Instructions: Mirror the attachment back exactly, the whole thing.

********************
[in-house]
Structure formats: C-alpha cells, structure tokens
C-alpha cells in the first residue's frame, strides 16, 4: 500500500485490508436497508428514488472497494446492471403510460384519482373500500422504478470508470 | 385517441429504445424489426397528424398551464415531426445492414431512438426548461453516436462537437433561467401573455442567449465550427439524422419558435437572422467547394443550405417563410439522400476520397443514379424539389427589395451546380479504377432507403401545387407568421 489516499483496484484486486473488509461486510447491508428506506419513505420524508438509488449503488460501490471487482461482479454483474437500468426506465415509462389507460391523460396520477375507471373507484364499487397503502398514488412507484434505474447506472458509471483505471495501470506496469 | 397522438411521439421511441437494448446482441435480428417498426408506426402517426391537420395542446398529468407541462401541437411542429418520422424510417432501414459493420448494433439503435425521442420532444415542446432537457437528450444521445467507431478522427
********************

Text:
[in-house]
Structure formats: C-alpha cells, structure tokens
C-alpha cells in the first residue's frame, strides 16, 4: 500500500485490508436497508428514488472497494446492471403510460384519482373500500422504478470508470 | 385517441429504445424489426397528424398551464415531426445492414431512438426548461453516436462537437433561467401573455442567449465550427439524422419558435437572422467547394443550405417563410439522400476520397443514379424539389427589395451546380479504377432507403401545387407568421 489516499483496484484486486473488509461486510447491508428506506419513505420524508438509488449503488460501490471487482461482479454483474437500468426506465415509462389507460391523460396520477375507471373507484364499487397503502398514488412507484434505474447506472458509471483505471495501470506496469 | 397522438411521439421511441437494448446482441435480428417498426408506426402517426391537420395542446398529468407541462401541437411542429418520422424510417432501414459493420448494433439503435425521442420532444415542446432537457437528450444521445467507431478522427